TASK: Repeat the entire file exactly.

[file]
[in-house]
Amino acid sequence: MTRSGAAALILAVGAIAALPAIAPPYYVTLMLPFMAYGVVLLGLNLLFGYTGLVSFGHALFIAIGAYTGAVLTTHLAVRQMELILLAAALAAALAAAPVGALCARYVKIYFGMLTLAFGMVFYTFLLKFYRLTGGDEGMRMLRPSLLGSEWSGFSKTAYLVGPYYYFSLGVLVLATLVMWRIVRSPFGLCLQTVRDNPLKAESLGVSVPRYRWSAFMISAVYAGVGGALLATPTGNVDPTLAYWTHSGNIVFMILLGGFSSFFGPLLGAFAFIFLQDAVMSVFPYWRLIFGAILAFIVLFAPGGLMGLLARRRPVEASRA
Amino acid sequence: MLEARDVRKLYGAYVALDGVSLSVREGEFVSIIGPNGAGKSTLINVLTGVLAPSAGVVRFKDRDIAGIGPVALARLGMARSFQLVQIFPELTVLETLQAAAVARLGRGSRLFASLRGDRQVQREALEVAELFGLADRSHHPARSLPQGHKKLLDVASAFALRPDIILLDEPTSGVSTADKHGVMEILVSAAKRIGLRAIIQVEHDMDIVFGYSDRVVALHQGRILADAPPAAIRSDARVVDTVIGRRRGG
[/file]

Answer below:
[in-house]
Amino acid sequence: MTRSGAAALILAVGAIAALPAIAPPYYVTLMLPFMAYGVVLLGLNLLFGYTGLVSFGHALFIAIGAYTGAVLTTHLAVRQMELILLAAALAAALAAAPVGALCARYVKIYFGMLTLAFGMVFYTFLLKFYRLTGGDEGMRMLRPSLLGSEWSGFSKTAYLVGPYYYFSLGVLVLATLVMWRIVRSPFGLCLQTVRDNPLKAESLGVSVPRYRWSAFMISAVYAGVGGALLATPTGNVDPTLAYWTHSGNIVFMILLGGFSSFFGPLLGAFAFIFLQDAVMSVFPYWRLIFGAILAFIVLFAPGGLMGLLARRRPVEASRA
Amino acid sequence: MLEARDVRKLYGAYVALDGVSLSVREGEFVSIIGPNGAGKSTLINVLTGVLAPSAGVVRFKDRDIAGIGPVALARLGMARSFQLVQIFPELTVLETLQAAAVARLGRGSRLFASLRGDRQVQREALEVAELFGLADRSHHPARSLPQGHKKLLDVASAFALRPDIILLDEPTSGVSTADKHGVMEILVSAAKRIGLRAIIQVEHDMDIVFGYSDRVVALHQGRILADAPPAAIRSDARVVDTVIGRRRGG